3/31 KUMD Album Review: Tycho
Awake, the 4th album from California-based ambient musician and graphic artist, Scott Hansen (a.k.a. Tycho), is a blissful and introspective landscape of ambience that models the unpredictability of Boards of Canada (BoC) while demonstrating newly introduced post-rock leanings in a similar vein as God Is An Astronaut. A unique and proper follow up to his previous album, Dive, Hansen features more guitar and drums than ever before. Perfectly combined with his commonly placed synth-driven ambient swells, his addition of real instruments and introspective approach create a hybrid full-band/electronic sound that conveys an array of moods, which are to be interpreted by the listener.By Basement DJ: Dean Berlinerblau
Through his holistic audiovisual approach, Scott creates a framework that allows you to attribute your own ideas and meaning to his music. The album's title seems to be symbolic of awakening introspection, and the music provides just that. One of the most woolgathering aspects of the album is the delay- and reverb-drenched guitars, which create a multi-layered effect that allows you to visualize the past while engaging in the present. Underlying the multi-layered guitars and synth-driven ambient swells are driving drumbeats that shape your pace of thought. The opening track, Awake, is a perfect transition from Tycho's previous album, Dive; beginning with palm-muted guitar and driving bass, it initially introduces you to Hansen's real-instrument approach while maintaining those atmospheric swells that have been apparent throughout his entire discography. The second track, Montana, the most instrument-heavy song on the album, takes Hansen's real-instrument approach a step further by combining harmonious guitars, driving bass, and danceable yet diversifying drums throughout the entire song. The following track, L, starts off with a mysterious BoC-esque synth pattern and conveys an entirely different mood than the previous track. Before long, Hansen elevates the mood with a low-key ambient swell that gradually increases in energy as the song progresses. This gradual increase in energy is a common theme throughout the album. The fourth track, Dye, which according to Hansen, is an evolved version of the title track of his previous album, at first sounds like a song that would have been on Dive, but transitions about halfway through into a guitar-driven swell that perfectly coincides with the real-instrument theme of Awake. The fifth track, See, introduces the second half of the album with a long, drawn out guitar and bass intro which unexpectedly turns out to be the background harmony of a long, fluctuating, synth-driven ambient swell. The following track, Apogee, highly exhibits the post-rock leanings of the album. It is driven by a persistent half-time drumbeat with a fluctuating contrast of guitar and drums. The next track, Spectre, is the album's most ambivalent. The highly differentiating guitars, drums and transitions define its varying moods, and keep you wondering, throughout the entire song, what comes next. Before you know you it, you have transitioned into Awake's closing track, Plains. As the name implies, it is quite plain compared to the rest of the album. The drums are very minimal. The first half is driven by an Alcest-like guitar riff while the second half is an ambient, shoegazey swell that eventually fades out, closing the album.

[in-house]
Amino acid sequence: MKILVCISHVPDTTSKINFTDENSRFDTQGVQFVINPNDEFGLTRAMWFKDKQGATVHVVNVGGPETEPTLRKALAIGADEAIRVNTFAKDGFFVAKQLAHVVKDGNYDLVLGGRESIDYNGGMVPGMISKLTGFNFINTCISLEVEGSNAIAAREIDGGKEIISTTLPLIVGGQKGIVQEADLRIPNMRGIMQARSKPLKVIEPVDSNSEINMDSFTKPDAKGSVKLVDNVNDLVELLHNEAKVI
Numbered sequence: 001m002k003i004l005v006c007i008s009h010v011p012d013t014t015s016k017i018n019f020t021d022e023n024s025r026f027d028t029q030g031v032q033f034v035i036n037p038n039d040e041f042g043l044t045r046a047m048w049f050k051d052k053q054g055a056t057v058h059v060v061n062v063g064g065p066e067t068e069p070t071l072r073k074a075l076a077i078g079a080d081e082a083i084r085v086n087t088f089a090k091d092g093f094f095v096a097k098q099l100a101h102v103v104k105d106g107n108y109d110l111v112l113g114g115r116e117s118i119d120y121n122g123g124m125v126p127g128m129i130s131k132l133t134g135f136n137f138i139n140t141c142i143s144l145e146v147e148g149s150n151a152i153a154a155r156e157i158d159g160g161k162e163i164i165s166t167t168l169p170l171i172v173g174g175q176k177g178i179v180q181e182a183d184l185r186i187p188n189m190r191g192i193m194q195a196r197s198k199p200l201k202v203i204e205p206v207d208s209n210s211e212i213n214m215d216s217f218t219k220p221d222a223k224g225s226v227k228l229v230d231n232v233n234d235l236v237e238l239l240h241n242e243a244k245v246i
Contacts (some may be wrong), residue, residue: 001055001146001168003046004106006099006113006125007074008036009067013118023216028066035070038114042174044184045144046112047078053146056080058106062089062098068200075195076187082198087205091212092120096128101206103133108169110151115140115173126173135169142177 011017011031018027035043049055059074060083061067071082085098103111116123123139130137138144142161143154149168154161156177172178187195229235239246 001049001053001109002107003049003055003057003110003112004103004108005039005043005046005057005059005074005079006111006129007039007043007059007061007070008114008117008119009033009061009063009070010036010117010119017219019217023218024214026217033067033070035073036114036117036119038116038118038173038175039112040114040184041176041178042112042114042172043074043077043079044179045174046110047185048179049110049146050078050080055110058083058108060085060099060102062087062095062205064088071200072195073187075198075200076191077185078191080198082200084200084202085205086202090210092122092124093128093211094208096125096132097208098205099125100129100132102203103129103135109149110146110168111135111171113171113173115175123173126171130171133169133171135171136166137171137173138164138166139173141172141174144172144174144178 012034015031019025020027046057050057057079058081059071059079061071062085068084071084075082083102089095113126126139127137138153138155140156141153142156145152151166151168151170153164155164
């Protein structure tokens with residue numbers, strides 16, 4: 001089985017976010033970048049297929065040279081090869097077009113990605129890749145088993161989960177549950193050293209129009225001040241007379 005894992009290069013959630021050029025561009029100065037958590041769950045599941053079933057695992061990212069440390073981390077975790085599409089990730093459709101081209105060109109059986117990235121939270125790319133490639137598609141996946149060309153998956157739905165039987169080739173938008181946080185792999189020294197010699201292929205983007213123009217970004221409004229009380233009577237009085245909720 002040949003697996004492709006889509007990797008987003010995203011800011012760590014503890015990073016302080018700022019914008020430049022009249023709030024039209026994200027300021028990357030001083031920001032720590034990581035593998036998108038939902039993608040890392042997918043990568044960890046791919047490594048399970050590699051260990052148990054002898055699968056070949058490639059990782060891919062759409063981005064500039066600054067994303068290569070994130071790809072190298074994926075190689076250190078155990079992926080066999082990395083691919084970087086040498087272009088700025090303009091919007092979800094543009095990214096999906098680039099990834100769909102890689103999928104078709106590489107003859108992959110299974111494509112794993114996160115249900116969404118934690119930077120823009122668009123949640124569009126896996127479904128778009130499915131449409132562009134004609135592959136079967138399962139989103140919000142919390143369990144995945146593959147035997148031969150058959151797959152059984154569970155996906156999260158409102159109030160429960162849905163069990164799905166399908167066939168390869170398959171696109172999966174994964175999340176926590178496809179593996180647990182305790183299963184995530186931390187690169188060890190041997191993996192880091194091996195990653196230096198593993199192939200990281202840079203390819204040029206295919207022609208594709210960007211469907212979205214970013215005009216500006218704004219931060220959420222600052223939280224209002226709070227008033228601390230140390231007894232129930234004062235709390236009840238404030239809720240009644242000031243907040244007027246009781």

Through his introspective and interpretive audiovisual approach to music, Tycho continues to define his artistic legacy, leaving an increasingly significant stamp on the world of ambient music.
Recommended tracks: Awake, Montana, L, See
RIYL: Boards of Canada, Jon Hopkins, Helios, Global Communication